- 6 pieces of garlic crushed
- 1/4 cup juniper berries dried
- 1 tbsp whole black peppercorns
- large bundle of rosemary sprigs
- 12 cups of water
- 1 cup sugar
- 1 cup salt
- 17-18 lbs turkey
- 1/4 cup butter at room temperature
- 6 pieces of celery chopped
- 1 onion quartered
- 4 large sprigs rosemary
- 2 tbsp juniper berries dried
24 to 72 hours before cooking the turkey, ready a bucket, cooler, etc. to brine the turkey. I ended up using a smaller (brand new just so no one is weirded out here) garbage bin.
In a medium sauce pan, heat 4 cups of water with sugar and salt to a boil. Add celery, garlic, onion, rosemary, and peppercorns. Reduce heat to medium and simmer for 3-5 minutes (to allow flavours to meld). Remove from heat and allow contents to cool.
Place turkey, brine mixture, and remaining (cold) water in container. Refrigerate until ready to use. I had to remove 1 shelf to fit the turkey.
When ready to cook turkey, remove from brine, rinse with cold water and pat dry.
Preheat oven to 500° F.
Place a ring of aluminum foil (take a very large piece of aluminum foil and roll into a snake like length and then make a ring out of it) in the bottom of your large roasting pan. Alternatively, if you're an adult with a proper roasting pan with a v-shaped rack use that. I'm apparently still too child-like to own most cooking appliances and had to go the foil route.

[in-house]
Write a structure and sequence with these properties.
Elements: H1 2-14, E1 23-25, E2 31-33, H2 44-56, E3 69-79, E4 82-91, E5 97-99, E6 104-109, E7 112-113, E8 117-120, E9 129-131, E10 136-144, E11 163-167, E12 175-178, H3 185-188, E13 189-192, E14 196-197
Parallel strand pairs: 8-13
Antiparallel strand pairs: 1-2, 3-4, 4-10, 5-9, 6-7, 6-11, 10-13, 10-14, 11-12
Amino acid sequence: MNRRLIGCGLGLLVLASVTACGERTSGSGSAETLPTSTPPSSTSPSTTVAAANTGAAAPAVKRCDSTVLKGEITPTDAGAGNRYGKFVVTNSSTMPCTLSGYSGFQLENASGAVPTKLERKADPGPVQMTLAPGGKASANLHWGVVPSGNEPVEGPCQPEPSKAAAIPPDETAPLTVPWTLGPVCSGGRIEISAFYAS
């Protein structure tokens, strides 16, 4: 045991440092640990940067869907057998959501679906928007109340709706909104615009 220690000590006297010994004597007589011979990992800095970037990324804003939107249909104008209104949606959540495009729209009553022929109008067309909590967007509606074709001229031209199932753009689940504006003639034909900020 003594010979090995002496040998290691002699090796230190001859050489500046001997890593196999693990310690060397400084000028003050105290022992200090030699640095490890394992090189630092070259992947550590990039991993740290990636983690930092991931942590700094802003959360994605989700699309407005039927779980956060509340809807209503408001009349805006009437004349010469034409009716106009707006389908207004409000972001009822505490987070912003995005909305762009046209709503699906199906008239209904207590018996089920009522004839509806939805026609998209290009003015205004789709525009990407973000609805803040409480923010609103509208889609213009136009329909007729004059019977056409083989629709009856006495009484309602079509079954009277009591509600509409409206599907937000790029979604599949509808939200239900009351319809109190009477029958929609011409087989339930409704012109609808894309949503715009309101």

Place turkey on foil ring and rub (aggressively) the butter into the turkey skin with your hands. Use rubber gloves if the thought of touching raw meat grosses you out.
Loosely fill the cavity with celery, onion, rosemary and juniper berries. (You don't want to stuff the cavity too full as it will prolong cooking time and possibly dry out parts of the bird. The goal here is a super juicy turkey that will go the extra mile for those turkey sandwiches we all look forward to).
Place turkey in the oven and cook for 30 minutes. Check the skin for crispiness, you want it deep golden brown and crispy all over. Cover the breast portion of the turkey with aluminum foil (sprayed with non-stick spray or buttered on the portion touching the turkey) to prevent the breasts from drying out.
Reduce oven temperature to 350° F and return turkey to oven for 2-2.5 hours. Check the turkey every 15 minutes after this mark. The turkey needs to reach a temperature of 185° F when a thermometer is placed in the thickest portion of thigh or 165° F when placed in the breast. It's recommended to remove the turkey from the oven when your thermometer reaches 181° F in the thigh or 161° F in the breast. The meat will continue to heat up slightly while it rests.
Allow the turkey to rest! A bird of this size will need 20-30 minutes.
Happy Thanksgiving everyone!
*** This post is sponsored by Two Rivers Meats. My Kitchen Love was provided with a turkey for recipe development. Two Rivers Meats did not review this blog prior to posting and all opinions expressed are my own. Thank you for supporting brands I love that allow My Kitchen Love to run.